|Museum station features a distinctive design evoking ROM exhibits|
The overall effect is garish, though well-intentioned. The original platform design was clean, functional and sparse—almost a minimalist distillation of a TTC subway stop.
It was a mistake, albeit an enthusiastic one, to re-clad everything in a kind of Disneyfied tourist anti-vernacular. Perhaps I lack imagination.
|Gazing down the central platform: a mishmash of allusions.|
The roof could have used more of a touch-up.
The new-look pillars represent:
- Ancient Greece: The Doric Columns
- Mexico’s Toltec Culture: The Toltec Warrior
- Ancient Egypt: The Osiris Pilaster
- China’s traditional culture: The Forbidden City Columns
- First Nations: Wuikinuxv First Nation Bear House Post.
From the vantage point of a child visiting the Museum for the first time, arriving via subway, the decorations might be viewed in a better light, as a tantalizing advance glimpse of treasures to be revealed next door.
|If I was 11 years old this would be so cool.|
As an adult however, I don’t feel moved by the design. It does seem sincere, but I view the project (foisted on us by the Toronto Community Foundation, with support from the bombastic TTC Chair Howard Moscoe and his successor, Adam Giambrone) as a failure, ultimately, for three reasons:
- Did the renovation improve safety by adding a needed 2nd exit? No.
- Did the renovation make the station accessible? No.
- Did the renovation improve the appearance of the station? No.
In other words, we had an opportunity to actually improve Museum station, functionally. We spent all that money, used up all that political capital, and... merely dressed up some support columns. That’s a failure.
|This bench was one of the few pieces whose aesthetic appeals to me |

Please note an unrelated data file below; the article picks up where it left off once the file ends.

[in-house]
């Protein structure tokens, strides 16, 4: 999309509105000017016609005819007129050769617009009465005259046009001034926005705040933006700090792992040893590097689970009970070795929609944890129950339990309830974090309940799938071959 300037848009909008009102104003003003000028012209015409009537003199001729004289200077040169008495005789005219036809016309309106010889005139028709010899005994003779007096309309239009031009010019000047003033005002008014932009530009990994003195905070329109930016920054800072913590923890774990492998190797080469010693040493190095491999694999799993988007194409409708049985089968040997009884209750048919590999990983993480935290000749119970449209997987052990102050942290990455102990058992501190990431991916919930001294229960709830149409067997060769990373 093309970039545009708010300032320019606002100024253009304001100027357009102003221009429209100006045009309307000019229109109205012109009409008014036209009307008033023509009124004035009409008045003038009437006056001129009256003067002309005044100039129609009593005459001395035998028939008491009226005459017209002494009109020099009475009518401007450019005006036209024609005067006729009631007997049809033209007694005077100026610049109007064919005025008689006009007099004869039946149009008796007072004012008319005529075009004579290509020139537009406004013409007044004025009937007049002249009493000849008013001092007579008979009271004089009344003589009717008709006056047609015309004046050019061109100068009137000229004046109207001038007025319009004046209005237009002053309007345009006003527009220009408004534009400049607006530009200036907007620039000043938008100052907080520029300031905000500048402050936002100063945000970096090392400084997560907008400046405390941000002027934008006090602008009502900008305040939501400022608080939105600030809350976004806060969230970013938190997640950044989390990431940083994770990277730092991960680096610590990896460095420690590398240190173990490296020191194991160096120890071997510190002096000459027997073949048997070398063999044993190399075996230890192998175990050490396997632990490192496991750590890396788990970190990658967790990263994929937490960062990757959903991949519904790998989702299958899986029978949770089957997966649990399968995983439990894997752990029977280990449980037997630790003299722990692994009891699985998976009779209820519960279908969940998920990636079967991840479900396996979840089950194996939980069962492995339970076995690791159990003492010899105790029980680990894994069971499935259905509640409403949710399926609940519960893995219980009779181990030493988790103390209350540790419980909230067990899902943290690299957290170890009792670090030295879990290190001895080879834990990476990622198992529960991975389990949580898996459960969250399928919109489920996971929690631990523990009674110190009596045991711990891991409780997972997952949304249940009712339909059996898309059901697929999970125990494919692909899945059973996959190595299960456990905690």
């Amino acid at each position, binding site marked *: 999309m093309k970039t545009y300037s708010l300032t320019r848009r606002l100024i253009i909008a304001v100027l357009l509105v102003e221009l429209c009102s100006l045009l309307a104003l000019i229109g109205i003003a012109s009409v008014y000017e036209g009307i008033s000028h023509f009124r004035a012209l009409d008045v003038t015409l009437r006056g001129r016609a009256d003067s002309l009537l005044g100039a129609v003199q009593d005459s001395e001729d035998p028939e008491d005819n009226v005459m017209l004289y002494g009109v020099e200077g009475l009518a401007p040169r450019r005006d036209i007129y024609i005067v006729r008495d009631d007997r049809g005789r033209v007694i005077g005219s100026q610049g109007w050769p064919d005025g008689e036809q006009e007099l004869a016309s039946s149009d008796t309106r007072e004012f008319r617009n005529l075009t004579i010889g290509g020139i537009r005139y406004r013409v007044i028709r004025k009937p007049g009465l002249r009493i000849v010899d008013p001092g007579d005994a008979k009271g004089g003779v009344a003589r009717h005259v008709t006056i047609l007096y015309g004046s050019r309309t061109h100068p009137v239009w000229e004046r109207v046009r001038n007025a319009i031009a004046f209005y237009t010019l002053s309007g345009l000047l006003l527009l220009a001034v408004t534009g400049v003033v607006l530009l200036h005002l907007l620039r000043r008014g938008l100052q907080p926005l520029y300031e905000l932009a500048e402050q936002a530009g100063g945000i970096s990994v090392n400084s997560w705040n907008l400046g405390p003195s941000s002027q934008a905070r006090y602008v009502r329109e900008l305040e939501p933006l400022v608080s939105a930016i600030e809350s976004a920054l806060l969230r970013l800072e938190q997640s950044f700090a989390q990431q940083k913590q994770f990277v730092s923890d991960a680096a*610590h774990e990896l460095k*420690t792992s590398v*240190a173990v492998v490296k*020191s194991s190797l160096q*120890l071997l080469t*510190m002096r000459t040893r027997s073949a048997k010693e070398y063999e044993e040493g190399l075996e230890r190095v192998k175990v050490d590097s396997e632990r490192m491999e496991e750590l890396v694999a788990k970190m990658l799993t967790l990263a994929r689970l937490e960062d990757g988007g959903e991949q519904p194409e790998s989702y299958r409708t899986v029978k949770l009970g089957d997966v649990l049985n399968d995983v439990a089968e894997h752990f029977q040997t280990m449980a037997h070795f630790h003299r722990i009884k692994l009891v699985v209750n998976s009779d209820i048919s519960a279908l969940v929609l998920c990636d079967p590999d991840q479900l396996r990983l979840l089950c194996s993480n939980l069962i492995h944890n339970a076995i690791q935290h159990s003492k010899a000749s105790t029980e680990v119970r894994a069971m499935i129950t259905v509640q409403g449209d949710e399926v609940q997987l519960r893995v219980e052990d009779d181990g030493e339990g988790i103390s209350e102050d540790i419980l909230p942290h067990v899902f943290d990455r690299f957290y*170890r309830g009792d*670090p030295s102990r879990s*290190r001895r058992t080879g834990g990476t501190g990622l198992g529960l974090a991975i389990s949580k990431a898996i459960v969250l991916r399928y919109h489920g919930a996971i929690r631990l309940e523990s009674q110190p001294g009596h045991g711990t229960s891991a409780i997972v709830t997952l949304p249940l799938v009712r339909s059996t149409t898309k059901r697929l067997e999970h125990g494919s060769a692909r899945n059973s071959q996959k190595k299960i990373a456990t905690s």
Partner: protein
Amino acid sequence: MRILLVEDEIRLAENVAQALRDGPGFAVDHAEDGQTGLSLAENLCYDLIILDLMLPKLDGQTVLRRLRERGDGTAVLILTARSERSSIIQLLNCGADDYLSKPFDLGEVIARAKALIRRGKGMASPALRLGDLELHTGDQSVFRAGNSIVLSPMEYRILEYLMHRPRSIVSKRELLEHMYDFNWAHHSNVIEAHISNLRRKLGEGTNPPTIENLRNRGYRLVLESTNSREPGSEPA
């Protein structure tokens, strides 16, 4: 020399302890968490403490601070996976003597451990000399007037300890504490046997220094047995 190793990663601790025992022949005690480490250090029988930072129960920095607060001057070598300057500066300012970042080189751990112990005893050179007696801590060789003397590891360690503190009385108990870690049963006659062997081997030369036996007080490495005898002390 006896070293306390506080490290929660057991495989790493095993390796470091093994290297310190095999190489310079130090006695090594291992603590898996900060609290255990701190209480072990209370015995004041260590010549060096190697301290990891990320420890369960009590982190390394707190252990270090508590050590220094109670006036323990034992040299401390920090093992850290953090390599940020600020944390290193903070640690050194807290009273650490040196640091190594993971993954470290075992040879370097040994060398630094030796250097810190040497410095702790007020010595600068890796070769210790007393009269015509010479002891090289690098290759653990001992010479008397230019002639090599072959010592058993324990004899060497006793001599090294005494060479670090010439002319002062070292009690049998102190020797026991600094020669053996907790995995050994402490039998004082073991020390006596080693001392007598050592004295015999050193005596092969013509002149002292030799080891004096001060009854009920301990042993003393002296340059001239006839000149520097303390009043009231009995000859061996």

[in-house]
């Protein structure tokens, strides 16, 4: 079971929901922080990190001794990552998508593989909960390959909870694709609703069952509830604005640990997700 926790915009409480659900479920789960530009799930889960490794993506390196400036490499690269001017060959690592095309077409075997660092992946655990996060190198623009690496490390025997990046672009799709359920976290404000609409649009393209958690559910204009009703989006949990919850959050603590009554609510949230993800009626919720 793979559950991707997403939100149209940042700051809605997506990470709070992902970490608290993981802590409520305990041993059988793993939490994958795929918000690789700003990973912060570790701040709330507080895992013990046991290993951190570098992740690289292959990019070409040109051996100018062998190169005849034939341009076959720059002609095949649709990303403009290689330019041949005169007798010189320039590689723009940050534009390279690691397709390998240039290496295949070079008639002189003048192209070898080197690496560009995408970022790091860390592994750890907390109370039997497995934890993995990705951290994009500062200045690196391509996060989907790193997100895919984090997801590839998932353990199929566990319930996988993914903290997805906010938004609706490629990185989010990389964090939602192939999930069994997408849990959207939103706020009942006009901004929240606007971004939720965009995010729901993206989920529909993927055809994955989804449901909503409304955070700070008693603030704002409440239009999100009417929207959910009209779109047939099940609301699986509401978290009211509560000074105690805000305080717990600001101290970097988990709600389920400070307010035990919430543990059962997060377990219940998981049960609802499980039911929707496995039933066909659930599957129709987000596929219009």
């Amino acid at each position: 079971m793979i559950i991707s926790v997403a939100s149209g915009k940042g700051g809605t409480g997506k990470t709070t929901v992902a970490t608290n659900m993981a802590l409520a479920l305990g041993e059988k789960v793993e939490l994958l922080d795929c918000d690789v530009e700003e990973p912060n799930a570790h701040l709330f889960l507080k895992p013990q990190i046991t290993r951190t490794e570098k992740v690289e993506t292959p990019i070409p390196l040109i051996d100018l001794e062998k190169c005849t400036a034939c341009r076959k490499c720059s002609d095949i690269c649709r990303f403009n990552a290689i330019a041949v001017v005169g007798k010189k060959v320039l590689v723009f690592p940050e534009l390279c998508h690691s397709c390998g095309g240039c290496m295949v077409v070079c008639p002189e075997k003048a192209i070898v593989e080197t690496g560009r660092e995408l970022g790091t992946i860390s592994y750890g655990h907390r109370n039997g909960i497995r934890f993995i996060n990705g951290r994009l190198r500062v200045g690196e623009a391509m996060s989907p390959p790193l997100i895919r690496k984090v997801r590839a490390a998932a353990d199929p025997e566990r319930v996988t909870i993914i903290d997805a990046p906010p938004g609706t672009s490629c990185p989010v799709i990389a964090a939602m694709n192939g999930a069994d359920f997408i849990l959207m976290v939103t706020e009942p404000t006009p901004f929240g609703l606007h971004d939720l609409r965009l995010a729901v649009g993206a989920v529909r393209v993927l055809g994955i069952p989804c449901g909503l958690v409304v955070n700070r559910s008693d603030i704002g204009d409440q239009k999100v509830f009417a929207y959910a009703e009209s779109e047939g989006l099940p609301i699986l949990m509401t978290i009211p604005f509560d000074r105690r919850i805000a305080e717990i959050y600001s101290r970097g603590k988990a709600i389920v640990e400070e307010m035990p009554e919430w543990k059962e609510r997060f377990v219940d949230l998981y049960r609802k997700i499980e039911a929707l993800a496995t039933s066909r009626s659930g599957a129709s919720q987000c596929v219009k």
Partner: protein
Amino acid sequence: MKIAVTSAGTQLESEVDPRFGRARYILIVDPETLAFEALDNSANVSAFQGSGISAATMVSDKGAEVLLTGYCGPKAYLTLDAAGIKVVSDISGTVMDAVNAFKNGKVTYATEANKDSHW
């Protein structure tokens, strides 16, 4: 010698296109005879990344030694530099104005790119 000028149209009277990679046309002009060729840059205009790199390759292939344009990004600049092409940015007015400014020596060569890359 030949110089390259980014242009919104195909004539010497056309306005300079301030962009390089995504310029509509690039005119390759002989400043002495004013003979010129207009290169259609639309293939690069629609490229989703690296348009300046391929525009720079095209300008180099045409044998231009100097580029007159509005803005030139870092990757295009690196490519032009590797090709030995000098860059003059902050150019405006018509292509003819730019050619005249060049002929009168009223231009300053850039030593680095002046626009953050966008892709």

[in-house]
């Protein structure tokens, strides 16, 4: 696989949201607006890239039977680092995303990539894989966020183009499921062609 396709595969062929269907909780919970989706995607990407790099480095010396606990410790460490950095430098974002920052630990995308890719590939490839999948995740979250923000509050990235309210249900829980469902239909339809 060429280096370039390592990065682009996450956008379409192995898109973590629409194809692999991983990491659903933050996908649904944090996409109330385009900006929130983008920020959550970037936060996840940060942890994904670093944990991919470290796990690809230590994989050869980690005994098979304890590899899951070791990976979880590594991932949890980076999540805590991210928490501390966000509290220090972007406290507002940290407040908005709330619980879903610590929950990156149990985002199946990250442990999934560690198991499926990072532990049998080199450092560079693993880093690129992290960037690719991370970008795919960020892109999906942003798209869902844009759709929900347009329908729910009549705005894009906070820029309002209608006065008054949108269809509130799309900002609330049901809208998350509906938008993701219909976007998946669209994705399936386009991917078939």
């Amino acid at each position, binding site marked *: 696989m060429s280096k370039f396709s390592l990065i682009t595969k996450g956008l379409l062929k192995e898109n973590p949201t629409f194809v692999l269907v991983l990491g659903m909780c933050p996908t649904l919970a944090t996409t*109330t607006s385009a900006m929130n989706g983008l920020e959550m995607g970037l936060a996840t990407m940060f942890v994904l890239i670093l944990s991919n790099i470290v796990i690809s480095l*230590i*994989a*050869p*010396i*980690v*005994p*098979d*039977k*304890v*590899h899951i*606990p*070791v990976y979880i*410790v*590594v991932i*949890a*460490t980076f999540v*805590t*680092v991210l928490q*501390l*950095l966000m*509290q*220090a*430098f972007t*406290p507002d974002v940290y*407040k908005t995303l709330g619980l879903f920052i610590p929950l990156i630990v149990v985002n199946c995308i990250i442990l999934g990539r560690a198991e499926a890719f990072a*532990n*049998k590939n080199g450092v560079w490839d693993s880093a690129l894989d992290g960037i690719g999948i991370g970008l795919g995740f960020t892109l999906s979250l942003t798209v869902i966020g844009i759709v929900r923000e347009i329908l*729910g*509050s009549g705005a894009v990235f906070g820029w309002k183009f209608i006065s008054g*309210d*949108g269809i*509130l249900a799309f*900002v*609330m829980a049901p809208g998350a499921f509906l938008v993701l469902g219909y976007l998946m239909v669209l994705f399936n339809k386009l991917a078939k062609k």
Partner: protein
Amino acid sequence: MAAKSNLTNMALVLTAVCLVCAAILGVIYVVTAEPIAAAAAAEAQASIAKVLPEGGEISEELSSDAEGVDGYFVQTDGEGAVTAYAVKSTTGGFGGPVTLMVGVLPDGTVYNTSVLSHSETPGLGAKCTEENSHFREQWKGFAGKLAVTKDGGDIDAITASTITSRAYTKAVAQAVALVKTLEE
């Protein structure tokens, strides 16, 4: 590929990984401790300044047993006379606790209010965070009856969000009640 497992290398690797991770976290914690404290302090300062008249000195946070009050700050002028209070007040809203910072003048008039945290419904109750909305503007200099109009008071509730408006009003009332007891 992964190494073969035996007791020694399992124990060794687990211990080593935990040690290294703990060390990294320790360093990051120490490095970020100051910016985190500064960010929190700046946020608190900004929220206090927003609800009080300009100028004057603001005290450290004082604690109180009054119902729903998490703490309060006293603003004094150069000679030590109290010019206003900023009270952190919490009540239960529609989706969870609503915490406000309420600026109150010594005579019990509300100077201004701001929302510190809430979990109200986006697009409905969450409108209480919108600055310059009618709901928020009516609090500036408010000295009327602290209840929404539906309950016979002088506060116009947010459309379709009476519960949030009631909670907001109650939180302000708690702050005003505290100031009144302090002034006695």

over the old design (save for the ‘you can’t sleep here’ divisions)
|Honestly, I was more interested in the caged ‘prison’ area|
at the south end of the station. The bars were added after a 1982 police survey warned that muggers could linger in this area of the station without being seen.
Museum station opened February 28, 1963 as part of the University line. The station’s concourse level also functions as an underground crossing point for Queen’s Park.
Serious transit fans can explain the elaborate wye junction that connects this station to the Bloor-Danforth line (in particular the ‘abandoned’ Bay Lower), and expound on the history of its operation.
Photo GalleryTour the station, and view captioned historical images from its past:
The obligatory transfer:
|Museum station transfer|
More about MuseumTTC Station info | Map | Wikipedia: Museum
Bonus video: See Museum as it was in 1980 in the Richard Chamberlain suspense-thriller, ‘Murder by Phone’
P.S. No, there isn’t a phone booth at that spot in real life.
My next stop: York Mills
Previous station: Rosedale
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